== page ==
For a general Riemannian manifold $M$, the covariant derivative $\nabla$ admits a formal adjoint $\nabla^*$. In particular, if $S$ is a $(1, 1)$-tensor on $M$, we have $$\nabla^*S=-tr \nabla S=-\sum _i(\nabla_{e_i} S)e_i$$ where $\{e_i\}_i$ is a local orthonormal basis.

On the other hand we know that every covariant derivative $\nabla$ commutes with all contractions. That is if “ tr” denotes the trace on any pair of indices, $$tr\nabla_X A=\nabla_X tr A.$$

Q: Is it correct that formal adjoint of any trace-free $(1,1)$-tensor vanishes?



I think what you meant to ask is whether it's true that the formal adjoint of $\nabla$ applied to any trace-free $(1,1)$-tensor vanishes. (A $(1,1)$-tensor has a formal adjoint as a linear endomorphism, but that's not a differential operator.)

The answer is no.

It is true that $\operatorname{tr} \nabla_X A = \nabla_X \operatorname{tr} A$, but this doesn't have anything to do with $\nabla^*$. The formal adjoint of $\nabla$ acting on $A$ is $\nabla^* A = - \operatorname{tr} (\nabla A)$, not $-\operatorname{tr} \nabla_X A$. If you adopt the convention that the new index position introduced by $\nabla$ is the last one, then this trace is taken on the last two indices of $\nabla A$ -- one of the original indices of $A$, and the new one introduced by differentiation. In index notation, this is $$ (\nabla^* A)_i = - A^j_{i;j}. $$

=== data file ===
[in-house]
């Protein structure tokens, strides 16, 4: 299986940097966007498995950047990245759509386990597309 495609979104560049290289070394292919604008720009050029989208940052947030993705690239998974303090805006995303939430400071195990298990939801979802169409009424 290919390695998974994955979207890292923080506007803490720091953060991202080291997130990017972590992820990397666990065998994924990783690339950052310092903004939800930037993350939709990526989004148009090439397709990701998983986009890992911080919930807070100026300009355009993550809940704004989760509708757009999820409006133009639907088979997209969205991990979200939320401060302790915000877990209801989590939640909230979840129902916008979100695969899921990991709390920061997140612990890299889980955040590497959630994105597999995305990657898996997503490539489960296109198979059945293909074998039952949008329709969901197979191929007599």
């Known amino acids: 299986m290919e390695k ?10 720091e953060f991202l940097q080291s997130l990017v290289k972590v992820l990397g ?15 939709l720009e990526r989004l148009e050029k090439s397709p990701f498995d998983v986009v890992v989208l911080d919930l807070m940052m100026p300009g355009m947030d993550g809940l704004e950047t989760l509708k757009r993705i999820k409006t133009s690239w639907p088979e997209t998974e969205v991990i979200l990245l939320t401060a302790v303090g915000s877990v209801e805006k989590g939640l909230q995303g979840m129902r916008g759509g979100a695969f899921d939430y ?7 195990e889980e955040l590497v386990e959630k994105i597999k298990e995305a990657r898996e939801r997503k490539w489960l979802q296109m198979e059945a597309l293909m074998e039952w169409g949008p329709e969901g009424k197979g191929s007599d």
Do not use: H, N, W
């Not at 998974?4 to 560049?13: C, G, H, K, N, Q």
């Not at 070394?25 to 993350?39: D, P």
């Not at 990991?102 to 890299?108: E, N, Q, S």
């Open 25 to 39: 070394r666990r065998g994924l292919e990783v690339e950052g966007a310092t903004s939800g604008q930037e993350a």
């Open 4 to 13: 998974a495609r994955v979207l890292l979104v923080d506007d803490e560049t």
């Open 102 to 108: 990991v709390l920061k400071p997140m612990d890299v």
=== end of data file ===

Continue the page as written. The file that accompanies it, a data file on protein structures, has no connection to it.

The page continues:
On the other hand, you can also consider $\nabla(\operatorname{tr} A) = \operatorname{tr}(\nabla A)$; but in this case, the trace is on the first two indices of $\nabla A$, namely the two original indices of $A$ before the one resulting from differentiation. In index notation, $$ \big(\nabla(\operatorname{tr} A)\big)_i = A^j_{j;i} = 0. $$ As you can see, the "$\operatorname{tr}$" notation is ambiguous -- you always have to be explicit about which indices are being traced (or decorate the trace symbol with numbers, as in $\operatorname{tr}_{12}$ or $\operatorname{tr}_{23}$).

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